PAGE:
According to the Centre for Addiction and Mental Health, suicide is the second leading cause of death among Canadian youth aged 15 to 24. It is most often associated with a profound sense of hopelessness/helplessness and a strongly held conviction that suicide offers the only relief from intolerable psychological pain. Suicidal behaviour is often preceded by the appearance of suicidal ideation (thinking about killing oneself) and by suicidal planning (forming a specific plan or plans to kill oneself), and occasionally by rehearsal of the suicidal act.
A person may arrive at this state in a number of different ways. Some students who contemplate killing themselves have a mental illness and some do not. Some suicides appear to be carefully planned; others are impulsive. The common elements in suicidal behaviour are the presence of psychological pain, a sense of lack of control, a loss of hope, and the absence of a sense of a viable future.
Individuals are more at risk of suicide if they have made previous attempts or if there is a history of suicidality or major depression in their families. They are at more immediate risk if they are under the influence of alcohol or drugs, or if they have a specific plan for suicide.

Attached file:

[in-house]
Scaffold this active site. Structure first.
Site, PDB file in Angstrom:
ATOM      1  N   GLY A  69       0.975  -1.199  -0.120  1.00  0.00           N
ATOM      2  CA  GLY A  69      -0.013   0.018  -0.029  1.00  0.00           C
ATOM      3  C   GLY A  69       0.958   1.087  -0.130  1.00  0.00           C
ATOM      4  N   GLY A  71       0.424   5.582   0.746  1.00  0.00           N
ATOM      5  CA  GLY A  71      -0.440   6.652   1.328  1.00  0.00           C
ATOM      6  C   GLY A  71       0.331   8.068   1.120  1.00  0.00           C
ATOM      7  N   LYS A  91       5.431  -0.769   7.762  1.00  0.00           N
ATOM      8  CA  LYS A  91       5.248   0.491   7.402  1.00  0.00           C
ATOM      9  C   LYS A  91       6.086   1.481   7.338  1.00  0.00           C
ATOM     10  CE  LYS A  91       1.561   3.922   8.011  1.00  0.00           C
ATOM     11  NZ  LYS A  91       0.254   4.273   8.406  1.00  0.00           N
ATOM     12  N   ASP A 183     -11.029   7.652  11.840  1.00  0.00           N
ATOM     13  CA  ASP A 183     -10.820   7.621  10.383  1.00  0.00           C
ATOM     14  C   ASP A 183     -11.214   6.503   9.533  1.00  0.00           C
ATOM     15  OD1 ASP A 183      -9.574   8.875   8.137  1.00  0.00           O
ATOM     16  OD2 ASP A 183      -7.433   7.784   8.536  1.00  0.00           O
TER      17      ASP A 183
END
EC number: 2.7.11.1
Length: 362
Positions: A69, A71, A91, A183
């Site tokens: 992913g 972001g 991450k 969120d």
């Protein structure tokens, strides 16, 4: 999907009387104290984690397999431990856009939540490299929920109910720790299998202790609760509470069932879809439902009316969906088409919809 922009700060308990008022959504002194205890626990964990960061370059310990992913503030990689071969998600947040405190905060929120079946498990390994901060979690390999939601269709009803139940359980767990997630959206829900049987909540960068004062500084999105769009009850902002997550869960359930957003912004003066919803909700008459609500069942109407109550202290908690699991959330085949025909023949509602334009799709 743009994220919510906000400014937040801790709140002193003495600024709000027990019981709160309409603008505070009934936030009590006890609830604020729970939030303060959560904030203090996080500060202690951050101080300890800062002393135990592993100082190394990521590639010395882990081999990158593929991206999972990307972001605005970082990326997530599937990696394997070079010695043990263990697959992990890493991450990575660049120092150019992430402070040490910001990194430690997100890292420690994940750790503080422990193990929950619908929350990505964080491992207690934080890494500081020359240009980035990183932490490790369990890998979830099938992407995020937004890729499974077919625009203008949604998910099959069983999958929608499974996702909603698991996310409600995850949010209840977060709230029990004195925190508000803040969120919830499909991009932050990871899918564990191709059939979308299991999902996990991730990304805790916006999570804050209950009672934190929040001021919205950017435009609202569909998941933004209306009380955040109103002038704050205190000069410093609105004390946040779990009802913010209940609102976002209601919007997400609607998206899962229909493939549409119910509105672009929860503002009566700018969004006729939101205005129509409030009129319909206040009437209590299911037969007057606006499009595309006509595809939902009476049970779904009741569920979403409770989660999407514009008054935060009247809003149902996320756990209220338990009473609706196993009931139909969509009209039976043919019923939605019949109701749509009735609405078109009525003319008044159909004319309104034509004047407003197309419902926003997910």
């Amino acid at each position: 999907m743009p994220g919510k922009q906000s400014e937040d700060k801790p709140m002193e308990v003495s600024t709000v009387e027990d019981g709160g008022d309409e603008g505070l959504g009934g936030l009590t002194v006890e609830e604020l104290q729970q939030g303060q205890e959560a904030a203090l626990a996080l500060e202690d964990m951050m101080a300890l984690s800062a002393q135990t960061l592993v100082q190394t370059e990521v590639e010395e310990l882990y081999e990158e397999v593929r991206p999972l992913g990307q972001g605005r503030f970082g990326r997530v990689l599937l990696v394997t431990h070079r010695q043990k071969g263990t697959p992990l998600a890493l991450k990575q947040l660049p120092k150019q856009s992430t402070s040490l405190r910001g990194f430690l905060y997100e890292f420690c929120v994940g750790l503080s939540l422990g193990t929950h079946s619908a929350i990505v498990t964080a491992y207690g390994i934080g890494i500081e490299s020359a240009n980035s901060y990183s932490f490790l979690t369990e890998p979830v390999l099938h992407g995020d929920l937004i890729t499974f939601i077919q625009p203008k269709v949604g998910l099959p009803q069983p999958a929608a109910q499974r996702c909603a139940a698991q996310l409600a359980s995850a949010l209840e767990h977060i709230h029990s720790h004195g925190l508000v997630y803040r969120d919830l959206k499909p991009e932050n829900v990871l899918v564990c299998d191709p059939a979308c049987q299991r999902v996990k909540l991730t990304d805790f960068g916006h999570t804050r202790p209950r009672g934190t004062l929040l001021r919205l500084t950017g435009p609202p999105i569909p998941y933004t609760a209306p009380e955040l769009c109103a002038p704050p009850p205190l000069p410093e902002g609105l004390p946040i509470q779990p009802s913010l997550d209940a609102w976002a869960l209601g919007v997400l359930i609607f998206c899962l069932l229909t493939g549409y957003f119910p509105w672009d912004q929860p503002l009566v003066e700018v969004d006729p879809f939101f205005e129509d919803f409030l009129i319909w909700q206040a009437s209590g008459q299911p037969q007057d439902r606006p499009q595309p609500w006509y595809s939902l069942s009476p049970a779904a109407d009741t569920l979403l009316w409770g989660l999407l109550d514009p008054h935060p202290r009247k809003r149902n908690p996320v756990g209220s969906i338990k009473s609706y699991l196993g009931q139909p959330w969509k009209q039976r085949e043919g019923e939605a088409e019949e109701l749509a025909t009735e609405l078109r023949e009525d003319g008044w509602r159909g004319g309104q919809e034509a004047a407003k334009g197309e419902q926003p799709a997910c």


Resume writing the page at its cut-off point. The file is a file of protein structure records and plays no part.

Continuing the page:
Possible warning signs of increased suicide risk
Most forms of mental illness are associated with an increased risk of suicide. Specific warning signs for increased suicide risk may include:
- Expressions (written or oral) of helplessness or hopelessness
- High levels of anxiety
- Expressions (written or oral) of very high levels of guilt, shame, or worthlessness
- Expression of a desire to die or to kill oneself
- “Cryptic" references to death or suicide (“the world would be better off without me")
- Mention of a plan to harm or kill oneself
People who contemplate suicide are often ambivalent about killing themselves and are willing to seek help through counselling if they are supported in doing so. Students who are feeling suicidal are often relieved when someone finally asks them, “Are you thinking of killing yourself?" They no longer have to struggle with their feelings alone. Asking them if they are suicidal will not “put the thought into their heads" or raise the risk of suicide. A friendly, non-judgmental inquiry can be beneficial in moments of crisis.
Some students who are severely depressed do not have the emotional energy to seek help and use cryptic messages to reach out (e.g., “I won't be bothering you much longer," “It'll all soon be over," or “Time is running out"). Whether the reference to suicide is direct or indirect, it is important to respond.
As indicated already, students who may be at increased risk of suicide should be directed to professional services for assistance. If you are uncertain about how to respond, you should contact campus counselling or health services for advice.